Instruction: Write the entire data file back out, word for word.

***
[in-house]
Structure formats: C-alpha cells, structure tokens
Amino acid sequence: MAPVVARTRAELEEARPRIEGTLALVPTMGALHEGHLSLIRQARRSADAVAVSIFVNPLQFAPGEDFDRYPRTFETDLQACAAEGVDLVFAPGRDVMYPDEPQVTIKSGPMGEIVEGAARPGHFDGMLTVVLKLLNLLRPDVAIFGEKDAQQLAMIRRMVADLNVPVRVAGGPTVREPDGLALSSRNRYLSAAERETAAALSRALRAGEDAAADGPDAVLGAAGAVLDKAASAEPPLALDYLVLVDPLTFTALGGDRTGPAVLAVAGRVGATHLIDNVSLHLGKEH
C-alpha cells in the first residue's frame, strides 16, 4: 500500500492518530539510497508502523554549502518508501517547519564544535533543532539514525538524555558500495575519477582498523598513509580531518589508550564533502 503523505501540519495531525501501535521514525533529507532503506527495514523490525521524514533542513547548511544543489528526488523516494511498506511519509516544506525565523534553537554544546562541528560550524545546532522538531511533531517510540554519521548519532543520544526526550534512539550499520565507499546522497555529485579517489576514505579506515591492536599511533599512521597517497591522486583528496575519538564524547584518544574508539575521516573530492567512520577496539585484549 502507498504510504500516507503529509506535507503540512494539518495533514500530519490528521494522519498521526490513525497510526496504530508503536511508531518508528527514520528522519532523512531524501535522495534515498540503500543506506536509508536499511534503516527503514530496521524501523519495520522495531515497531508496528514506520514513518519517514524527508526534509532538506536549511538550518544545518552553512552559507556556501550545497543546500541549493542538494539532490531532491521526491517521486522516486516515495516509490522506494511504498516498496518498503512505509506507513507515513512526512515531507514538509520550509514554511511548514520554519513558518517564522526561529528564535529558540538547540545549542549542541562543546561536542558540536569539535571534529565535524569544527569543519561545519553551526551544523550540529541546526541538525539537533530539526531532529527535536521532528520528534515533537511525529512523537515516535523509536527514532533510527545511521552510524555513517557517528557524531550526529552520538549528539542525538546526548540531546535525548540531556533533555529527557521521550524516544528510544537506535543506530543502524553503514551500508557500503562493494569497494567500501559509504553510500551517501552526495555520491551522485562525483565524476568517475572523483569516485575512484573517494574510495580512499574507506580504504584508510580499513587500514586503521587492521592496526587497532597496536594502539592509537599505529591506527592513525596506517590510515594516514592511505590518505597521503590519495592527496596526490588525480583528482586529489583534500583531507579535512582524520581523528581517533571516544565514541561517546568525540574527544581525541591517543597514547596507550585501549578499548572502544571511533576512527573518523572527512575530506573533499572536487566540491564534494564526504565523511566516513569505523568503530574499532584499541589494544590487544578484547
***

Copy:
[in-house]
Structure formats: C-alpha cells, structure tokens
Amino acid sequence: MAPVVARTRAELEEARPRIEGTLALVPTMGALHEGHLSLIRQARRSADAVAVSIFVNPLQFAPGEDFDRYPRTFETDLQACAAEGVDLVFAPGRDVMYPDEPQVTIKSGPMGEIVEGAARPGHFDGMLTVVLKLLNLLRPDVAIFGEKDAQQLAMIRRMVADLNVPVRVAGGPTVREPDGLALSSRNRYLSAAERETAAALSRALRAGEDAAADGPDAVLGAAGAVLDKAASAEPPLALDYLVLVDPLTFTALGGDRTGPAVLAVAGRVGATHLIDNVSLHLGKEH
C-alpha cells in the first residue's frame, strides 16, 4: 500500500492518530539510497508502523554549502518508501517547519564544535533543532539514525538524555558500495575519477582498523598513509580531518589508550564533502 503523505501540519495531525501501535521514525533529507532503506527495514523490525521524514533542513547548511544543489528526488523516494511498506511519509516544506525565523534553537554544546562541528560550524545546532522538531511533531517510540554519521548519532543520544526526550534512539550499520565507499546522497555529485579517489576514505579506515591492536599511533599512521597517497591522486583528496575519538564524547584518544574508539575521516573530492567512520577496539585484549 502507498504510504500516507503529509506535507503540512494539518495533514500530519490528521494522519498521526490513525497510526496504530508503536511508531518508528527514520528522519532523512531524501535522495534515498540503500543506506536509508536499511534503516527503514530496521524501523519495520522495531515497531508496528514506520514513518519517514524527508526534509532538506536549511538550518544545518552553512552559507556556501550545497543546500541549493542538494539532490531532491521526491517521486522516486516515495516509490522506494511504498516498496518498503512505509506507513507515513512526512515531507514538509520550509514554511511548514520554519513558518517564522526561529528564535529558540538547540545549542549542541562543546561536542558540536569539535571534529565535524569544527569543519561545519553551526551544523550540529541546526541538525539537533530539526531532529527535536521532528520528534515533537511525529512523537515516535523509536527514532533510527545511521552510524555513517557517528557524531550526529552520538549528539542525538546526548540531546535525548540531556533533555529527557521521550524516544528510544537506535543506530543502524553503514551500508557500503562493494569497494567500501559509504553510500551517501552526495555520491551522485562525483565524476568517475572523483569516485575512484573517494574510495580512499574507506580504504584508510580499513587500514586503521587492521592496526587497532597496536594502539592509537599505529591506527592513525596506517590510515594516514592511505590518505597521503590519495592527496596526490588525480583528482586529489583534500583531507579535512582524520581523528581517533571516544565514541561517546568525540574527544581525541591517543597514547596507550585501549578499548572502544571511533576512527573518523572527512575530506573533499572536487566540491564534494564526504565523511566516513569505523568503530574499532584499541589494544590487544578484547